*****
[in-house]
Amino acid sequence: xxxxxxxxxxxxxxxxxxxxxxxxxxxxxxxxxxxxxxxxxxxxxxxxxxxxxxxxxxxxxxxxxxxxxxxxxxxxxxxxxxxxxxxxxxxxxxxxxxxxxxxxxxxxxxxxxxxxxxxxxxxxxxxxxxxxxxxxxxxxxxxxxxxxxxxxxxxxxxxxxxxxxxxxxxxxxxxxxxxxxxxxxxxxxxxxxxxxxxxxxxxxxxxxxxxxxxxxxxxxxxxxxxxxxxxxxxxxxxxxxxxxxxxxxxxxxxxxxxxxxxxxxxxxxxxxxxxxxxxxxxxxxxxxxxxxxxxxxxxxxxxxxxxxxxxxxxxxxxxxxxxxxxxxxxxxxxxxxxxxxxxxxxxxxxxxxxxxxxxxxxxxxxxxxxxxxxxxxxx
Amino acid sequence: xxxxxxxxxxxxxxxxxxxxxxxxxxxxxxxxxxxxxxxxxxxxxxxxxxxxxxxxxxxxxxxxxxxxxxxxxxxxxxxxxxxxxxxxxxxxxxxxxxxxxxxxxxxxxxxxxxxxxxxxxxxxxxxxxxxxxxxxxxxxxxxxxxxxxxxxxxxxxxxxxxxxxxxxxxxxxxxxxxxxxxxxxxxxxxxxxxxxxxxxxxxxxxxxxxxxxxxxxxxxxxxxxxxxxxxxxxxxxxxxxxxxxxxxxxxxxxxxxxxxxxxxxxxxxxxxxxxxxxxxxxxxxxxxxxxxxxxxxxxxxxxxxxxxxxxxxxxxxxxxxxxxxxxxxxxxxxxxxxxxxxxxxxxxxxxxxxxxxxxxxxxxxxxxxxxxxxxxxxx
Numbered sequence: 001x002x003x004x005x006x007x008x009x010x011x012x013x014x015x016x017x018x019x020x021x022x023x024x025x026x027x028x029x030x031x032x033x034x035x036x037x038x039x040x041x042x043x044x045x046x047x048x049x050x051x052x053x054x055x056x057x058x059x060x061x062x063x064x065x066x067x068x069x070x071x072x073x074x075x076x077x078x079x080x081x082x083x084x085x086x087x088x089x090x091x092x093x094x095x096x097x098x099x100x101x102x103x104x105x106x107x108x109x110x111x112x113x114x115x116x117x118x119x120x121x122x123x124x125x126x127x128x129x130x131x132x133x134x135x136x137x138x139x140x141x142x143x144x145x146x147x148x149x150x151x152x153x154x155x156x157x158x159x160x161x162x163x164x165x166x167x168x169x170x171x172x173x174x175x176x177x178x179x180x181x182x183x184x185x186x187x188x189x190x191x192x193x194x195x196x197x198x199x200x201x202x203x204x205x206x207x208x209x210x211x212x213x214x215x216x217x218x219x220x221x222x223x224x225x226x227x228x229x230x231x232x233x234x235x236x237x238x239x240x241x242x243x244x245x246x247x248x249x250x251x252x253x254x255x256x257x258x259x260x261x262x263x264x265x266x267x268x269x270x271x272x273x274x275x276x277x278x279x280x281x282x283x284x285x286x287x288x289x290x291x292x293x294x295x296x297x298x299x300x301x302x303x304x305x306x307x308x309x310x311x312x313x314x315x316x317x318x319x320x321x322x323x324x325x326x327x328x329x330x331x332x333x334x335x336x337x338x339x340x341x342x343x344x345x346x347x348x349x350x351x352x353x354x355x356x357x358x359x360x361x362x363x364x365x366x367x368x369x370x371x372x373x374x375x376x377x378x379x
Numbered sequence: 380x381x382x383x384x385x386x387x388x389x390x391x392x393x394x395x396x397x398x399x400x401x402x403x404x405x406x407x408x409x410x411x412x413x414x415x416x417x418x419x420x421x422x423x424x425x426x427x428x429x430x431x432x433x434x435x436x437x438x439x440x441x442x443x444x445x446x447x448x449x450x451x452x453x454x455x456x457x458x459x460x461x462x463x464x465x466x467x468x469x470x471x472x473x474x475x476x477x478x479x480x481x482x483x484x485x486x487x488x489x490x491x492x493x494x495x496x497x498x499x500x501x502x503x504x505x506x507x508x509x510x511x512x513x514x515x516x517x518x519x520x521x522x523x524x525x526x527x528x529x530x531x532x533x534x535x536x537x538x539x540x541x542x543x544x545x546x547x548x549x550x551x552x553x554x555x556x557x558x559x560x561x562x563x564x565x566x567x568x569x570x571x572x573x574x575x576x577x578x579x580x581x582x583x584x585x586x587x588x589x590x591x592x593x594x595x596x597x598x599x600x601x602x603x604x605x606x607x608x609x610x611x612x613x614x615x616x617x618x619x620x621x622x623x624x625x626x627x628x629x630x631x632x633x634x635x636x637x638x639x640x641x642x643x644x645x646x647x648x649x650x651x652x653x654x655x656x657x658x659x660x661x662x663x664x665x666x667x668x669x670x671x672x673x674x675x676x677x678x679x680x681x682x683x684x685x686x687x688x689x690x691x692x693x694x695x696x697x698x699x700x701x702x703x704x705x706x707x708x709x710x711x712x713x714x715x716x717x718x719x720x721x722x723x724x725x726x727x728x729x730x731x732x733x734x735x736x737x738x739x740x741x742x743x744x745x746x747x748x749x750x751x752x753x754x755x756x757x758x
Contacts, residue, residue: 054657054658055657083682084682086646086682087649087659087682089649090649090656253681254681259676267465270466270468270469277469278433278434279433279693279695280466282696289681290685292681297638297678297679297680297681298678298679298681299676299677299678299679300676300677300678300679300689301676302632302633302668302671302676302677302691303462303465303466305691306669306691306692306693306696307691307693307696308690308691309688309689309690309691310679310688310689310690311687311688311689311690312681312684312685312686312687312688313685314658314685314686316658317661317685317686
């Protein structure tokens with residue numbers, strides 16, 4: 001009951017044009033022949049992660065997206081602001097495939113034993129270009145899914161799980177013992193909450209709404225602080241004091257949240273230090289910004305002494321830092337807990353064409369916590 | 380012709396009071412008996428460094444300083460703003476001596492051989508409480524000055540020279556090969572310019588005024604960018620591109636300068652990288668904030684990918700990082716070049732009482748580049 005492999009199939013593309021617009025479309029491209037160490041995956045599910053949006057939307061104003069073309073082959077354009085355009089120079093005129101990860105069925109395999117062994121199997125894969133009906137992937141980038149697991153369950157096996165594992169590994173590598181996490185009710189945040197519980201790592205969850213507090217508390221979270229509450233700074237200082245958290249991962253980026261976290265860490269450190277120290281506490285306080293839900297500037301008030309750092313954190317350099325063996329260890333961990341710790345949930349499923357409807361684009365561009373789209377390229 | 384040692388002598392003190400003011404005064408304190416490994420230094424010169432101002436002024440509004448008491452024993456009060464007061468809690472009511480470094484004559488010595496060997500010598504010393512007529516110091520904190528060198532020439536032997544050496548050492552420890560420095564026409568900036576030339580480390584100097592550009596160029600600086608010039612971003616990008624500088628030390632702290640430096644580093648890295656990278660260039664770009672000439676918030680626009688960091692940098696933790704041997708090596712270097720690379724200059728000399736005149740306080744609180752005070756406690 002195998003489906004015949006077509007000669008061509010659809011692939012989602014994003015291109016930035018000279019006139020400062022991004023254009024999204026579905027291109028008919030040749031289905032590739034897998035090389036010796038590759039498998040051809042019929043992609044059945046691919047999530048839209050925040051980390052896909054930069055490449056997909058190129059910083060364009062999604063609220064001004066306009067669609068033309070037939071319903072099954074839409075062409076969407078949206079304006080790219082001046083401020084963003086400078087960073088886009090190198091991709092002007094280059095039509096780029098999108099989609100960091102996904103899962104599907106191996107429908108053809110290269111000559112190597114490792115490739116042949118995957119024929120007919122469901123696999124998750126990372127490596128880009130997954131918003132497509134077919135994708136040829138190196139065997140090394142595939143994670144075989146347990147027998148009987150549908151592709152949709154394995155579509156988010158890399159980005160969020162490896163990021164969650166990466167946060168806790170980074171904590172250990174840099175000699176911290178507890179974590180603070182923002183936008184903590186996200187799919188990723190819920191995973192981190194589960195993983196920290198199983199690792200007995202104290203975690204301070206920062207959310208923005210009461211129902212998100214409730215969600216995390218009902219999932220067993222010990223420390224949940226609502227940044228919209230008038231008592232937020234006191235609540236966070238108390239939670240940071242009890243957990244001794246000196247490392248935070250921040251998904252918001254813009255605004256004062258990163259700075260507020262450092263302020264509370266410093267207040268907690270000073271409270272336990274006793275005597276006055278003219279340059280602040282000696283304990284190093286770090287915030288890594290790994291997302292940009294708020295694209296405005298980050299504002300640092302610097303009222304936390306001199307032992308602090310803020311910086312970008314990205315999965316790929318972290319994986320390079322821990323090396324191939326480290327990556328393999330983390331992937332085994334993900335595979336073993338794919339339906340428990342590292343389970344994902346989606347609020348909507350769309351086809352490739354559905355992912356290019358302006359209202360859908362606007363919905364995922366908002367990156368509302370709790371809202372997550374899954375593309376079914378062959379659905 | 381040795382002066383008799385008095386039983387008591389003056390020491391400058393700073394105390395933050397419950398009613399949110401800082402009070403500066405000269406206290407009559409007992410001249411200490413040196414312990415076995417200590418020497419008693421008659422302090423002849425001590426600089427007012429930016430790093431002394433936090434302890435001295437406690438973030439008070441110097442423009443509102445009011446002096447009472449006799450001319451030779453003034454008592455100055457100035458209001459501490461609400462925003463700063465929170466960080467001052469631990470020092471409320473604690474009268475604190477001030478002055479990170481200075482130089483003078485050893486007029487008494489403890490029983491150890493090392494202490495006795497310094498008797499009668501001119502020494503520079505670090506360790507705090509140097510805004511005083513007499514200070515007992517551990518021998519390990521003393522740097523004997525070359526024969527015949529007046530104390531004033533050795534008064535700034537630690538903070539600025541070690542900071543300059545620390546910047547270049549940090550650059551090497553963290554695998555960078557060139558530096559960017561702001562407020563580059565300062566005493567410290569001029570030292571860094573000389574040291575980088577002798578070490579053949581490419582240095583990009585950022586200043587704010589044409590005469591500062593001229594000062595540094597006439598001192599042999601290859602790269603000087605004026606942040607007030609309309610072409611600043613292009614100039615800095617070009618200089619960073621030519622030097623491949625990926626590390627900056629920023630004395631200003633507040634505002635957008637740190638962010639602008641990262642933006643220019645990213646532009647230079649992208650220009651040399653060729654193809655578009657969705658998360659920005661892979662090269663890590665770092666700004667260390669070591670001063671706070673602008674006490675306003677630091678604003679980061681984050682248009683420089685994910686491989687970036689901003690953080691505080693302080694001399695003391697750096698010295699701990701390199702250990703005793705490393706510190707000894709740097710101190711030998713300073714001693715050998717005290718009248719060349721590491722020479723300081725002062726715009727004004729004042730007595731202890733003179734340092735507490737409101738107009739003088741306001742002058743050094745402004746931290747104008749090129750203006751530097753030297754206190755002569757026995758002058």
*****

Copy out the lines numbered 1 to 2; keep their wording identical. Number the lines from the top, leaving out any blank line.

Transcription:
[in-house]
Amino acid sequence: xxxxxxxxxxxxxxxxxxxxxxxxxxxxxxxxxxxxxxxxxxxxxxxxxxxxxxxxxxxxxxxxxxxxxxxxxxxxxxxxxxxxxxxxxxxxxxxxxxxxxxxxxxxxxxxxxxxxxxxxxxxxxxxxxxxxxxxxxxxxxxxxxxxxxxxxxxxxxxxxxxxxxxxxxxxxxxxxxxxxxxxxxxxxxxxxxxxxxxxxxxxxxxxxxxxxxxxxxxxxxxxxxxxxxxxxxxxxxxxxxxxxxxxxxxxxxxxxxxxxxxxxxxxxxxxxxxxxxxxxxxxxxxxxxxxxxxxxxxxxxxxxxxxxxxxxxxxxxxxxxxxxxxxxxxxxxxxxxxxxxxxxxxxxxxxxxxxxxxxxxxxxxxxxxxxxxxxxxxx